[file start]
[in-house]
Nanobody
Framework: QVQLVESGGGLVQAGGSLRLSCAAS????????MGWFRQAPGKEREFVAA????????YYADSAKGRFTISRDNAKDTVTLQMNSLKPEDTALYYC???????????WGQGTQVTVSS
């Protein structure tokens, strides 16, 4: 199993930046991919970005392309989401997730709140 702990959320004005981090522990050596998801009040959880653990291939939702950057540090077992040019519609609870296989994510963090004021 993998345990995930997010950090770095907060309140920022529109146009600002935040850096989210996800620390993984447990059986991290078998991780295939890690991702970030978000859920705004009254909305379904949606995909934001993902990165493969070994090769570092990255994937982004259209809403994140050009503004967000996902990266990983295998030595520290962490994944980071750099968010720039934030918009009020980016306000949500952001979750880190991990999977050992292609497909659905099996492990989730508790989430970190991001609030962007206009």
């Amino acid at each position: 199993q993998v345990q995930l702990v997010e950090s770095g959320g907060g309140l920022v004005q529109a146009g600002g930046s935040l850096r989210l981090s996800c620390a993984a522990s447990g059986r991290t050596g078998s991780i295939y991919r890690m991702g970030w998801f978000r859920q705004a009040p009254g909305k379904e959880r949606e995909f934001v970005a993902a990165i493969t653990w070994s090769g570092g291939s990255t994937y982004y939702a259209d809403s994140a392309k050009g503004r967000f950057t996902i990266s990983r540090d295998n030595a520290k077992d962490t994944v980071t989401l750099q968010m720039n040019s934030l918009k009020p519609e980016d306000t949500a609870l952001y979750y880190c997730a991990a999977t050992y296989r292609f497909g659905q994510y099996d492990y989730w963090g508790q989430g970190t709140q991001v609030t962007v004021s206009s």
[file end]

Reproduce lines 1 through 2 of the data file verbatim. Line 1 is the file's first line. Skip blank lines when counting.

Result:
[in-house]
Nanobody